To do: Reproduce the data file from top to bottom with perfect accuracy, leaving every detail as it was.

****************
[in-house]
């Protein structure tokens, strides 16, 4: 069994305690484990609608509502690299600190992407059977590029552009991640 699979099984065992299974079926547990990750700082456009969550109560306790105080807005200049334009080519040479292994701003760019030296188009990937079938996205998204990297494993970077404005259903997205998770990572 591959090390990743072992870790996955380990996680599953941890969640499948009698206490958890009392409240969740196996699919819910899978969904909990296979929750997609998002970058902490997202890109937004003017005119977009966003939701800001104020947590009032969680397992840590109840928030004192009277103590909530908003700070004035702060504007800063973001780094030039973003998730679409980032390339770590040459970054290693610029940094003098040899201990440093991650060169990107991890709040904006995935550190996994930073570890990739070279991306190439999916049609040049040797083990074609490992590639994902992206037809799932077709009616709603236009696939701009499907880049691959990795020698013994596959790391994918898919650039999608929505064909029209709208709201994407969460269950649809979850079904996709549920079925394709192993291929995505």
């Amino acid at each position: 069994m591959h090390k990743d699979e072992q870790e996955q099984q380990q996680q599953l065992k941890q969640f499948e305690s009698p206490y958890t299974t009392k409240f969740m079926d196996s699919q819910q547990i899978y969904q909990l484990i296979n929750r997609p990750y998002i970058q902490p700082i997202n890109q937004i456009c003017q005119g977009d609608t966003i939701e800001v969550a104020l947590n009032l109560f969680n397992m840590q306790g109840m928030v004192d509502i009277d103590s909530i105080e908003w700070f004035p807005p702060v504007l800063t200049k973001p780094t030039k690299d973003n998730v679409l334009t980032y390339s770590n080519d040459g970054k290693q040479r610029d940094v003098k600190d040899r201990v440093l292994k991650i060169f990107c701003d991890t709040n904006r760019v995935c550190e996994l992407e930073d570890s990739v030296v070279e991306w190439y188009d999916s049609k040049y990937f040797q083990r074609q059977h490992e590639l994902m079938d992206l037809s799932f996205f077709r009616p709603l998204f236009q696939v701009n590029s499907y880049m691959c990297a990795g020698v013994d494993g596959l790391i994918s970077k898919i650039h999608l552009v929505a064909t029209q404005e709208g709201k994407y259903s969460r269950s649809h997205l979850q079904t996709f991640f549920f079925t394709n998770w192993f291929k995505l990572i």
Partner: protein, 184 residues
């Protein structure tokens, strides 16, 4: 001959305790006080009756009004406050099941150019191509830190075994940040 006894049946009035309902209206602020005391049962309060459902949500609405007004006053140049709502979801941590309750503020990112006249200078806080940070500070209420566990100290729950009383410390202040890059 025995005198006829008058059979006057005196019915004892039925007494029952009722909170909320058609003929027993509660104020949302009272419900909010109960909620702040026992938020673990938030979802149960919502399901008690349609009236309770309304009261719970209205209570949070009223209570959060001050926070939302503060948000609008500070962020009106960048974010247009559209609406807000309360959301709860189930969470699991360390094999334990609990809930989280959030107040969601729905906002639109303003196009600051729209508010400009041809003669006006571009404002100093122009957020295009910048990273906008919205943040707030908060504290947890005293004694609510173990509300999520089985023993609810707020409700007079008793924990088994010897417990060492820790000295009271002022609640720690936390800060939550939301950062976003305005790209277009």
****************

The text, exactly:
[in-house]
């Protein structure tokens, strides 16, 4: 069994305690484990609608509502690299600190992407059977590029552009991640 699979099984065992299974079926547990990750700082456009969550109560306790105080807005200049334009080519040479292994701003760019030296188009990937079938996205998204990297494993970077404005259903997205998770990572 591959090390990743072992870790996955380990996680599953941890969640499948009698206490958890009392409240969740196996699919819910899978969904909990296979929750997609998002970058902490997202890109937004003017005119977009966003939701800001104020947590009032969680397992840590109840928030004192009277103590909530908003700070004035702060504007800063973001780094030039973003998730679409980032390339770590040459970054290693610029940094003098040899201990440093991650060169990107991890709040904006995935550190996994930073570890990739070279991306190439999916049609040049040797083990074609490992590639994902992206037809799932077709009616709603236009696939701009499907880049691959990795020698013994596959790391994918898919650039999608929505064909029209709208709201994407969460269950649809979850079904996709549920079925394709192993291929995505």
């Amino acid at each position: 069994m591959h090390k990743d699979e072992q870790e996955q099984q380990q996680q599953l065992k941890q969640f499948e305690s009698p206490y958890t299974t009392k409240f969740m079926d196996s699919q819910q547990i899978y969904q909990l484990i296979n929750r997609p990750y998002i970058q902490p700082i997202n890109q937004i456009c003017q005119g977009d609608t966003i939701e800001v969550a104020l947590n009032l109560f969680n397992m840590q306790g109840m928030v004192d509502i009277d103590s909530i105080e908003w700070f004035p807005p702060v504007l800063t200049k973001p780094t030039k690299d973003n998730v679409l334009t980032y390339s770590n080519d040459g970054k290693q040479r610029d940094v003098k600190d040899r201990v440093l292994k991650i060169f990107c701003d991890t709040n904006r760019v995935c550190e996994l992407e930073d570890s990739v030296v070279e991306w190439y188009d999916s049609k040049y990937f040797q083990r074609q059977h490992e590639l994902m079938d992206l037809s799932f996205f077709r009616p709603l998204f236009q696939v701009n590029s499907y880049m691959c990297a990795g020698v013994d494993g596959l790391i994918s970077k898919i650039h999608l552009v929505a064909t029209q404005e709208g709201k994407y259903s969460r269950s649809h997205l979850q079904t996709f991640f549920f079925t394709n998770w192993f291929k995505l990572i």
Partner: protein, 184 residues
């Protein structure tokens, strides 16, 4: 001959305790006080009756009004406050099941150019191509830190075994940040 006894049946009035309902209206602020005391049962309060459902949500609405007004006053140049709502979801941590309750503020990112006249200078806080940070500070209420566990100290729950009383410390202040890059 025995005198006829008058059979006057005196019915004892039925007494029952009722909170909320058609003929027993509660104020949302009272419900909010109960909620702040026992938020673990938030979802149960919502399901008690349609009236309770309304009261719970209205209570949070009223209570959060001050926070939302503060948000609008500070962020009106960048974010247009559209609406807000309360959301709860189930969470699991360390094999334990609990809930989280959030107040969601729905906002639109303003196009600051729209508010400009041809003669006006571009404002100093122009957020295009910048990273906008919205943040707030908060504290947890005293004694609510173990509300999520089985023993609810707020409700007079008793924990088994010897417990060492820790000295009271002022609640720690936390800060939550939301950062976003305005790209277009």